"Buenos dias", "buenas noches" -- this was the first words in a foreign language I heard in my life, as a three-year old boy growing up in developing post-war Western Germany, where the first gastarbeiters had arrived from Spain. Fascinated by the strange sounds, I tried to get to know some more languages, the only opportunity being TV courses of English and French -- there was no foreign language education for pre-teen school children in Germany yet in those days. Read more
To find some answers Tim Machan explores the language's present and past, and looks ahead to its futures among the one and a half billion people who speak it. His search is fascinating and important, for definitions of English have influenced education and law in many countries and helped shape the identities of those who live in them.
This volume provides a new perspective on the evolution of the special language of medicine, based on the electronic corpus of Early Modern English Medical Texts, containing over two million words of medical writing from 1500 to 1700.
Ethics and Education in Linguistically Diverse Classrooms
This ethnography of language and education considers the ethics of pedagogy for linguistically and culturally diverse students. It does so by drawing on the existentialist ethics of the philosopher Emmanuel Levinas. Following the Levinasian connection between ethics and language, the study explores the ethical challenges and possibilities confronting teachers of junior school students (ages 6-10) who speak languages in addition to or other than the dominant language which, in this study’s Canadian context, is English.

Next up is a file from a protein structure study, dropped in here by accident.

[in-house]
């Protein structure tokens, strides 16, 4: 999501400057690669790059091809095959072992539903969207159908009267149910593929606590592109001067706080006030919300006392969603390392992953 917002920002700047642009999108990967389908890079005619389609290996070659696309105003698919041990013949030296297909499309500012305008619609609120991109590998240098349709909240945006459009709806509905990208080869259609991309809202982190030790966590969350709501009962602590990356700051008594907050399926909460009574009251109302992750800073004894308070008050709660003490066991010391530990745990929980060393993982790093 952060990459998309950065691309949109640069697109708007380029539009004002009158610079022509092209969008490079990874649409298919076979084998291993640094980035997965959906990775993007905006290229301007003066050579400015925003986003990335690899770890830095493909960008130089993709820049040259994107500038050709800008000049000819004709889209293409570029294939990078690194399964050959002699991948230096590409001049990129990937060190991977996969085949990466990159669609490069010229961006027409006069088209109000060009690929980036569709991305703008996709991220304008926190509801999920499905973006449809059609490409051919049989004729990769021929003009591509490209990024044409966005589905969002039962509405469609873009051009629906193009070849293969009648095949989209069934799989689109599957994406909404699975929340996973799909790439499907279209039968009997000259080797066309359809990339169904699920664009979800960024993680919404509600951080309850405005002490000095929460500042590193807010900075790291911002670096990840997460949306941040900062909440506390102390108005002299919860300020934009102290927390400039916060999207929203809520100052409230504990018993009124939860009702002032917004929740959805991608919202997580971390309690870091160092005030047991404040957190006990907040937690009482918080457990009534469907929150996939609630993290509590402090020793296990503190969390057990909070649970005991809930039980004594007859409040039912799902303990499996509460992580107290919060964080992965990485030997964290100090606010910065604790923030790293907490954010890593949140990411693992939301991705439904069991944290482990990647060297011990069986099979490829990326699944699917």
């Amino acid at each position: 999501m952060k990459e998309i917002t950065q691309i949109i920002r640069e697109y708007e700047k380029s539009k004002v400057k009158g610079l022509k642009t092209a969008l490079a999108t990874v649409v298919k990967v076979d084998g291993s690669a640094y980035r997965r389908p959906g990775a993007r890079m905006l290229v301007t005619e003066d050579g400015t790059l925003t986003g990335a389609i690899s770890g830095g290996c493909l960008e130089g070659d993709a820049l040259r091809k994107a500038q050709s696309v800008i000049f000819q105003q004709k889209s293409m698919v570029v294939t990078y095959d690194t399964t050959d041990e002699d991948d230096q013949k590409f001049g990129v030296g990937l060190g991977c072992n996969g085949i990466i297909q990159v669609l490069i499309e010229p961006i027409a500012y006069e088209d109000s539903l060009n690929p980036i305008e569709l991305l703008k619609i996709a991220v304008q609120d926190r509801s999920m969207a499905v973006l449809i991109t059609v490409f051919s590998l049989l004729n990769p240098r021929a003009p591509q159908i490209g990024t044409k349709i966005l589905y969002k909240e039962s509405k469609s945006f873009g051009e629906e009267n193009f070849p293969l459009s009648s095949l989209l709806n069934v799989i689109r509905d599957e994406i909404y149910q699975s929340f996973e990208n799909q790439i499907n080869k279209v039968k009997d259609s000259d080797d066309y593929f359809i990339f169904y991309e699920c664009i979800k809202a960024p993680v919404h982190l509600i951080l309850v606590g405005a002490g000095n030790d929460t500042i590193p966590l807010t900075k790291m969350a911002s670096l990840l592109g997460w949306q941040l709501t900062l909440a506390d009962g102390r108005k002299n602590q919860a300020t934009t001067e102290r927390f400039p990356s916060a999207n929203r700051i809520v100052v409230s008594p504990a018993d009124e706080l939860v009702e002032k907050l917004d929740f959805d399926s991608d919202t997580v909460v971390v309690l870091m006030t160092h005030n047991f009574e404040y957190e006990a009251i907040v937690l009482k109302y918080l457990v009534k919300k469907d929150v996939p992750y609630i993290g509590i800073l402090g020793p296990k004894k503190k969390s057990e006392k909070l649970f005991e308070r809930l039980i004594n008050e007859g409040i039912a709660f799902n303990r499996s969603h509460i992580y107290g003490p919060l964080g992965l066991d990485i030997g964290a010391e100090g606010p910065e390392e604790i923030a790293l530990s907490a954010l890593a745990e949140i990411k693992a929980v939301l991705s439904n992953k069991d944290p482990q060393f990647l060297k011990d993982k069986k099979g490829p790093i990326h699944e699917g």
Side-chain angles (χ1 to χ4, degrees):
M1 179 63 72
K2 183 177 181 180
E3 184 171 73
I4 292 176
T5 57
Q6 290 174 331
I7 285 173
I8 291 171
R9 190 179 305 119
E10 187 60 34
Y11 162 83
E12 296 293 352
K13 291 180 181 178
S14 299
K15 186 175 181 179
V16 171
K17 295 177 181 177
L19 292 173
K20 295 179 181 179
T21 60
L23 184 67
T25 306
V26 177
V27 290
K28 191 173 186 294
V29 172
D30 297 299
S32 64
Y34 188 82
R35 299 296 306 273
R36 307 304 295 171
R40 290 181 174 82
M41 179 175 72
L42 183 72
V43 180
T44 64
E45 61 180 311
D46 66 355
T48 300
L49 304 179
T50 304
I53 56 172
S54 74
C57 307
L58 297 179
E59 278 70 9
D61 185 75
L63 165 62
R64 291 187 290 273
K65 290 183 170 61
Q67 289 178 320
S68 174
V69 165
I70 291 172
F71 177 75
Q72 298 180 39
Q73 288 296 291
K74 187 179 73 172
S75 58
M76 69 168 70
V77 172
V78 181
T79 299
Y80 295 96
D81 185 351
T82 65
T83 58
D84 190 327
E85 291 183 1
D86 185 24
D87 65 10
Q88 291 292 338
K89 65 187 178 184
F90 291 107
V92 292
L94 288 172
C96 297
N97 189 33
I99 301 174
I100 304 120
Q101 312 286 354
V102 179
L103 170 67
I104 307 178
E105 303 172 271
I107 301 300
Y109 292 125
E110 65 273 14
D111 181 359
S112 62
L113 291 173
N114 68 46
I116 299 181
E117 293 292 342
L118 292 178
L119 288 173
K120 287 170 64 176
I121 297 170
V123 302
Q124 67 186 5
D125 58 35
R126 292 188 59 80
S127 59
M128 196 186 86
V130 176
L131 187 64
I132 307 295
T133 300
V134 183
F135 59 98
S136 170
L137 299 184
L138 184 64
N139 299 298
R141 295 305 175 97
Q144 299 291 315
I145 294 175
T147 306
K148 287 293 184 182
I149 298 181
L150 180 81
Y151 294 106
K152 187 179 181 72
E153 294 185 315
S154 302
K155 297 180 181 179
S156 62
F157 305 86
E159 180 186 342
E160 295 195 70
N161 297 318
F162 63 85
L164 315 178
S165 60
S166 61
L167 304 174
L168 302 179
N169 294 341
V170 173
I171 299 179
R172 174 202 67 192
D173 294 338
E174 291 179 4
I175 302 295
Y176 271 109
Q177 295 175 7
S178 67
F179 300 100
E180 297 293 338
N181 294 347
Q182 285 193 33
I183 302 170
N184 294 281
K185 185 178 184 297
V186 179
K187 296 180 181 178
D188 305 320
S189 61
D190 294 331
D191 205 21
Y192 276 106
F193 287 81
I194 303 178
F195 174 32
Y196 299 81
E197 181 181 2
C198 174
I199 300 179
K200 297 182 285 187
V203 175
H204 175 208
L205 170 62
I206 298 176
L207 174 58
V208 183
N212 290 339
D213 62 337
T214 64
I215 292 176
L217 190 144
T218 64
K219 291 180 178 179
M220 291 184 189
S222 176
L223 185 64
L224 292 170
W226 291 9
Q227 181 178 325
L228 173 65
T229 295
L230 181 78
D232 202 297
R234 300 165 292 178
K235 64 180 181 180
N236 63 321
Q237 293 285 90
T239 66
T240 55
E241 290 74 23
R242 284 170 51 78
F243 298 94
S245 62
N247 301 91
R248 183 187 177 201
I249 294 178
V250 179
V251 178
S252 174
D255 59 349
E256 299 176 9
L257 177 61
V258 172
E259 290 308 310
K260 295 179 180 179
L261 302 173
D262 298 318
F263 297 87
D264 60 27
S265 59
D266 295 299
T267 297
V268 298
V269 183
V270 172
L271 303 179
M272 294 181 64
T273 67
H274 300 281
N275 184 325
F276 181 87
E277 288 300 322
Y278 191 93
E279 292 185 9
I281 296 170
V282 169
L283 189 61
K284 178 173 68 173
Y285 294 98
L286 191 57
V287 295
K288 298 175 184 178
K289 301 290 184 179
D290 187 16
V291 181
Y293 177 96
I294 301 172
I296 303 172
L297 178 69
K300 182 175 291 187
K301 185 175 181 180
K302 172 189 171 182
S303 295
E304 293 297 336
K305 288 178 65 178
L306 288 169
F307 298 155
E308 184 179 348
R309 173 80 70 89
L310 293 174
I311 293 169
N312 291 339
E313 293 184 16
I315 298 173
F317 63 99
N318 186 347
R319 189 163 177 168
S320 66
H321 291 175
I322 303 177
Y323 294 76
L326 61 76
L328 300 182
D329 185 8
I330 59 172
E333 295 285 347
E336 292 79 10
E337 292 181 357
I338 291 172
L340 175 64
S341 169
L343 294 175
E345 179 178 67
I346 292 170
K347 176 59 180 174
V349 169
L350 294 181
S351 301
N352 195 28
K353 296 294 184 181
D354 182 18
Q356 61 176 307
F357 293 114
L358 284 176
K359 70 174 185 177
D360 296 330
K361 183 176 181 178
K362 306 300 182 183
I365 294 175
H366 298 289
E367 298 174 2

In particular, the study looks at images of self and other as they manifest themselves in pedagogical practices, and it elaborates relations of responsibility between teachers and students. The data include in-depth interviews with and extended observations of teachers in their publicly-funded, mainstream Anglophone school in Mississauga, Canada. The findings suggest that teachers with flexible linguistic identities are more amenable to pedagogical practices supportive of linguistic diversity during the regular school day while teachers with less equivocal linguistic identities are more sympathetic to a monolingual mandate.
CHAPTER ONE. PROBLEMATIC: ETHICAL PRACTICE IN LINGUISTICALLY DIVERSE CLASSROOMS
CHAPTER TWO. PEDAGOGICAL RESPONSIBILITY AS ETHICAL ENGENDERMENT: EMMANUEL LEVINAS
CHAPTER THREE. AN EMPIRICAL INUIRY INTO IMAGES OF SELF AND OTHER IN LINGUISTICALLY DIVERSE CLASSROOMS
CHAPTER FOUR. TEACHING LINGUISTICALLY DIVERSE STUDENTS: IMAGES OF SELF AND OTHER IN LANGUAGE
CHAPTER FIVE. TEACHING LINGUISTICALLY DIVERSE STUDENTS: IMAGES OF SELF AND OTHER IN PEDAGOGY